Iraq protests bubble up over poverty, corruption

As is the case in many countries in the region, the Iraqi government is a key source of employment.
Sunday 19/08/2018
An Iraqi woman holds a sign and chants slogans during a demonstration against unemployment in Baghdad’s Tahrir Square. (AFP)
Long-simmering grievances. An Iraqi woman holds a sign and chants slogans during a demonstration against unemployment in Baghdad’s Tahrir Square. (AFP)

LONDON - Iraq has been hit by months of protests. As temperatures soared to around 50 degrees Celsius in the south, electricity cuts were introduced after Iran limited energy supplies in July. As a result, people in Basra and beyond took to the streets to call for better public services.

While demands varied according to local circumstances, the protests again revealed a deeper crisis of legitimacy in Iraq. Protesters have called on the government to create job opportunities, ease poverty and end corruption. At least 14 demonstrators have been killed since the protests erupted in early July.

“While media attention has moved on since July, protests have continued at a higher than normal rate in the first few weeks of August,” said Benedict Robin-D’Cruz, a researcher on Iraqi politics who has monitored the situation in southern Iraq. The protests include a sit-in that lasted several days and another targeting oil operations at West Qurna 1 near Basra.

All this comes as Iraqi Prime Minister Haider al-Abadi leads a caretaker government more than three months after parliamentary elections, which marked the first time Iraqis went to the polls since the government declared victory over Islamic State militants. A manual recount was ordered after allegations of voter fraud but the results barely changed. Shia cleric Muqtada al-Sadr’s Sairoon bloc remained in the lead with 54 out 329 seats, followed by the Fatah alliance led by Popular Mobilisation Forces leader Hadi al-Amiri and Abadi’s Nasr bloc.

“Iraq has structural problems on every level,” said Muhanad Seloom, an Iraq expert at the University of Exeter. The protests tie into larger trends facing many countries in the Middle East and North Africa (MENA). Chief among them is the fact that youth unemployment in the MENA region, at around 25%, is the highest in the world. The International Monetary Fund (IMF) called job creation the greatest challenge for the region’s efforts “to build a future based on inclusive growth.”

Iraq’s current crisis has many causes, harking back to the policies of Ba’athist governments and the US-led invasion in 2003 that installed an ethno-sectarian order in place today. Previous summers have witnessed large protests against corruption and a lack of services.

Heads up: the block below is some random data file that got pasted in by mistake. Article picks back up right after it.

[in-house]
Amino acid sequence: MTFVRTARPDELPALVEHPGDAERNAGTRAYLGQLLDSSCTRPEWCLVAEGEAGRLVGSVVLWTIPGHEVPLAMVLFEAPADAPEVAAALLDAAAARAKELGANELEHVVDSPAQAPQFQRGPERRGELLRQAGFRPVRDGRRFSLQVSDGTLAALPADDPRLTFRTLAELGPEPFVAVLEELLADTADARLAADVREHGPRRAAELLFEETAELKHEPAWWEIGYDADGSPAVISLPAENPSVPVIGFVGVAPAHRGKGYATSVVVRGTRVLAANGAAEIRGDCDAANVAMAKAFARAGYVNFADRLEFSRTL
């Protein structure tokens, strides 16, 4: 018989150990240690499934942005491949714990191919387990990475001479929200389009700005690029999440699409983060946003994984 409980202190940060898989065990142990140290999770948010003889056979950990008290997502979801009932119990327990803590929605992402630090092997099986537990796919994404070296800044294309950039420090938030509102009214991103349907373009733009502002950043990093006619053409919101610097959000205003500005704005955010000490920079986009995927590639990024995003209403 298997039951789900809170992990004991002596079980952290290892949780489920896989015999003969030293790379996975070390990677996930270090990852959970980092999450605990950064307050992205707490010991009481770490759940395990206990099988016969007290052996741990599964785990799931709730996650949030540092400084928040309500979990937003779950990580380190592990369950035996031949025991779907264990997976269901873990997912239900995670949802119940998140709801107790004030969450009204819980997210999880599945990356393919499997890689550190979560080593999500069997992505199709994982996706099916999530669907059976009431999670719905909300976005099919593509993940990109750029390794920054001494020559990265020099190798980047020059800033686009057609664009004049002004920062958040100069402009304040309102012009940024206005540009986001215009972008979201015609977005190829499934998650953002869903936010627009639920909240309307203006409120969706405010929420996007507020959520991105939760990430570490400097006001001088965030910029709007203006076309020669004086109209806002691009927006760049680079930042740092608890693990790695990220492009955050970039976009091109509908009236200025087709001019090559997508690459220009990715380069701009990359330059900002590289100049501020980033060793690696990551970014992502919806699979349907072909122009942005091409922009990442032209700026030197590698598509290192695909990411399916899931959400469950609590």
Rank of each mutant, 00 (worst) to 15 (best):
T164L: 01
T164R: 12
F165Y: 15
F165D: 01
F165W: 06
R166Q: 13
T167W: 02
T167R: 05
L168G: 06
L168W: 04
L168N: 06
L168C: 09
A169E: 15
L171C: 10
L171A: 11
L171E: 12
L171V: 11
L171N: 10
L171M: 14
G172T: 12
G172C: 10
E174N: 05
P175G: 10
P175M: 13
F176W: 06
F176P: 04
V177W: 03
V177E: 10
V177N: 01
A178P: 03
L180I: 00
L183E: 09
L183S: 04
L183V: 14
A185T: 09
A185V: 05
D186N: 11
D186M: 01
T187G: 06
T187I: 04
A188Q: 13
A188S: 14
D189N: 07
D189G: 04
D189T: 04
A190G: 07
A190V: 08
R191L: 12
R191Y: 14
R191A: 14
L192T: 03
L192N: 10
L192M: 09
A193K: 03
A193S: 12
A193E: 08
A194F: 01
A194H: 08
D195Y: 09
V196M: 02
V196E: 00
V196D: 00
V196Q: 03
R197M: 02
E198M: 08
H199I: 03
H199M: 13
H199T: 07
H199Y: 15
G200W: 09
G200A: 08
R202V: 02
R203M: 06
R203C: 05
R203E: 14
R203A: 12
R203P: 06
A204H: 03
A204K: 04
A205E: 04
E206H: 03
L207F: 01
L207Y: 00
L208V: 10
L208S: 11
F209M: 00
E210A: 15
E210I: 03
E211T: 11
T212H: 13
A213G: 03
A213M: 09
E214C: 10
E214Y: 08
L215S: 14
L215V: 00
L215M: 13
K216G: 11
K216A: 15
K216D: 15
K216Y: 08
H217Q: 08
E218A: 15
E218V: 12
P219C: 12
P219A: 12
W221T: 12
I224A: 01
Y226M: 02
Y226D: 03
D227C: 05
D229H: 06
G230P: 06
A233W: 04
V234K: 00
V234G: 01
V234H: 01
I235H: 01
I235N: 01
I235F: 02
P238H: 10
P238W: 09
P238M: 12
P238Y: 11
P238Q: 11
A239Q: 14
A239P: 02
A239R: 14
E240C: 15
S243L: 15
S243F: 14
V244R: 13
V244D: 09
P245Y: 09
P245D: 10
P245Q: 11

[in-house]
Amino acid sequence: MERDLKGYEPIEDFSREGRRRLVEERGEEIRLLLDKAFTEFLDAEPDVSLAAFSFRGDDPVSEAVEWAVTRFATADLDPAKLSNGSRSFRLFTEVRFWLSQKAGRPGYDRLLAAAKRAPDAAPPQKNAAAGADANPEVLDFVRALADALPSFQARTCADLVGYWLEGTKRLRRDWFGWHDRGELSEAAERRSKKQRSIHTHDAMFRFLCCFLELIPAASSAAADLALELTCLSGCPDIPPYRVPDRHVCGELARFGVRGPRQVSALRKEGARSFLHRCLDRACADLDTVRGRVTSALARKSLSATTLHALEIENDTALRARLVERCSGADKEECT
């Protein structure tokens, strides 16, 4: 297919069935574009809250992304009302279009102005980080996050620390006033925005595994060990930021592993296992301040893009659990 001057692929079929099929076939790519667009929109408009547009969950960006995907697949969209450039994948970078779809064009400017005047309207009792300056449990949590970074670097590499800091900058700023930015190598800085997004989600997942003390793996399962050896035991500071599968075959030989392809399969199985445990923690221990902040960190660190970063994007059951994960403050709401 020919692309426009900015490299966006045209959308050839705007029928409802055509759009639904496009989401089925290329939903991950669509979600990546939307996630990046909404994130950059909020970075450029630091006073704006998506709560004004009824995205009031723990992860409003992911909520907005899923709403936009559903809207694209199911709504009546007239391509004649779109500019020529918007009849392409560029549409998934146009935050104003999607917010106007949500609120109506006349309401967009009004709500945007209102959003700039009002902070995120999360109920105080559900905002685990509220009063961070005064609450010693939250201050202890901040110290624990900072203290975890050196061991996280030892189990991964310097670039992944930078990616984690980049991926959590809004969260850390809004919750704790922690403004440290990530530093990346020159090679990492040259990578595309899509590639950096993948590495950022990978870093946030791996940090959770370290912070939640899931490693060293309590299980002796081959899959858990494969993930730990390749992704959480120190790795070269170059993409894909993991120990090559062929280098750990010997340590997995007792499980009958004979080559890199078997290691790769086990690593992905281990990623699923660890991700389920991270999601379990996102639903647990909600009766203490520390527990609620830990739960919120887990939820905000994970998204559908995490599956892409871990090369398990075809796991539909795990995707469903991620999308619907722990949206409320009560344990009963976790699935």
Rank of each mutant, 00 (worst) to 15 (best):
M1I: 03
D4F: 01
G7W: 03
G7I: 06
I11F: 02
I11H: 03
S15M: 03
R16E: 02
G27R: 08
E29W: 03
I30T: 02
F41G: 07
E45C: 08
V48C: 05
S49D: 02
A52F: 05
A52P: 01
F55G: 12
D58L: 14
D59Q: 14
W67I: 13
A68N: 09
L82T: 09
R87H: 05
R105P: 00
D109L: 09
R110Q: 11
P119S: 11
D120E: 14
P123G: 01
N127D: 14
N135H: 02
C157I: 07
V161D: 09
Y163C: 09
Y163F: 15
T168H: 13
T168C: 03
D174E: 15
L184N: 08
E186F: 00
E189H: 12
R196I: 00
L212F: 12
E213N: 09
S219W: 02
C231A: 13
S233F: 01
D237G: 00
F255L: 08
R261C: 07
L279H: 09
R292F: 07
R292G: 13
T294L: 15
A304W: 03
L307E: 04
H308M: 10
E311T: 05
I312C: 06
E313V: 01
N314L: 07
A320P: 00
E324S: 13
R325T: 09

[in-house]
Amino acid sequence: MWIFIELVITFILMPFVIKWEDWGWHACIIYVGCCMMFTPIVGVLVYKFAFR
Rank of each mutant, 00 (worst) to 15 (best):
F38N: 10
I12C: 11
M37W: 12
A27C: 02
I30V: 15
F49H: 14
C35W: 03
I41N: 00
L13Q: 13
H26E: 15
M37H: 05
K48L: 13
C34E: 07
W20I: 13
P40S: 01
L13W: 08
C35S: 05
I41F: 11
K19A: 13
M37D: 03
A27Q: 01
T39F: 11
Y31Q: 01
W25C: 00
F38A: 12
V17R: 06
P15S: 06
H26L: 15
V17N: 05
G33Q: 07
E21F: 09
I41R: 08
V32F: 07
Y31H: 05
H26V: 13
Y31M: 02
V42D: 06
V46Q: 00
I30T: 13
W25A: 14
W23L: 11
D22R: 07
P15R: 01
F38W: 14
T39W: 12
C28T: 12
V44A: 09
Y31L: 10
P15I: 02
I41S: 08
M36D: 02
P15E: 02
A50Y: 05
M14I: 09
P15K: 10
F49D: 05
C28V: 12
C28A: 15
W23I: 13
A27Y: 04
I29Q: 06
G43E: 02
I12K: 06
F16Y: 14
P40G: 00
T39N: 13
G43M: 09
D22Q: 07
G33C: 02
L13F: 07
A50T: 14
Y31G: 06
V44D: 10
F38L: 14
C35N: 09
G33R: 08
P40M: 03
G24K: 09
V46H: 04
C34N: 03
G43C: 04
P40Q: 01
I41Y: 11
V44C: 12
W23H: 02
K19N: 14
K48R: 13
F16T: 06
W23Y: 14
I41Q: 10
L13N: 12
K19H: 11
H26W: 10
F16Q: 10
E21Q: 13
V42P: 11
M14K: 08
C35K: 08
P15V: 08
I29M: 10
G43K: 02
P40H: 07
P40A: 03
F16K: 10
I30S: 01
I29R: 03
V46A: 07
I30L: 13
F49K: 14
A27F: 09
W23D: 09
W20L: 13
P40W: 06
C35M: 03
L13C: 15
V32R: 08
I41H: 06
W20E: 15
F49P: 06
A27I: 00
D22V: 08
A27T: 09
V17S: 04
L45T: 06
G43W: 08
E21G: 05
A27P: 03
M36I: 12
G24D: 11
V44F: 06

Several factors have made the protests in the south particularly explosive. Iraq’s predominantly Shia south produces most of the country’s oil output but has been plagued by a lack of public services and mass unemployment. A water shortage crisis, Robin-D’Cruz wrote for the London School of Economics’ Middle East Centre blog, led to intensified tribal fighting when criminality has been on the rise in southern provinces.

To alleviate the situation, Kuwait announced it would provide 17 mobile power generators with a capacity of 30,000 kilowatts. It also pledged to provide fuel to power stations.

Experts see the ethno-sectarian power-sharing system that has governed Iraq for the past 15 years as part of the problem. Protesters actively demanded change in this regard. “Appoint technocrats to lead ministries of services such as electricity and oil,” Seloom said. “That is a start.”

“Iraq’s problems and the sources of popular anger do not lend themselves to quick fixes,” said Fanar Haddad, a senior research fellow at the Middle East Institute of the National University of Singapore. He added, however, that a government that does not follow the current system of ethno-sectarian apportionment “would send a strong signal to the people that the political classes are listening.”

Mustafa Habib, an Iraqi journalist in Baghdad, said the government should focus on services while increasing transparency in its fight against corruption. Seloom said the judiciary needed more support from the executive in this regard.

As is the case in many countries in the region, the Iraqi government is a key source of employment. “There is no proper private sector,” said Seloom, urging the government not to add people to its payroll only to placate protesters. He sees potential in strengthening Iraq’s agricultural production, which the World Bank forecasts to experience single-digit growth from 2018-20.

Amid these challenges, there is also hope. The IMF stated earlier this year that “Iraq’s growth outlook is expected to improve thanks to a more favourable security environment and the gradual pick up of investment for reconstruction.” Similarly, the country’s fiscal balance is forecast to turn positive in 2018.

Significant risks remain. “Fighting corruption is a popular slogan but there is little that can be done in the short term beyond offering a few sacrificial political lambs,” acknowledged Haddad. He said he was sceptical whether a new government could go beyond the sectarian system, citing the “questionable record and low calibre” of the political class.

Robin-D’Cruz warned that “authorities can buy off protesters over the short term,” citing a lack of overall political organisation by the protesters. “But this only encourages further mobilisations,” he said.

“Short-term solutions will not work,” said Seloom, adding that it was likely the next government would put technocrats in charge of service ministries. If a new government continued on the same path, however, the situation in Iraq could reach a boiling point.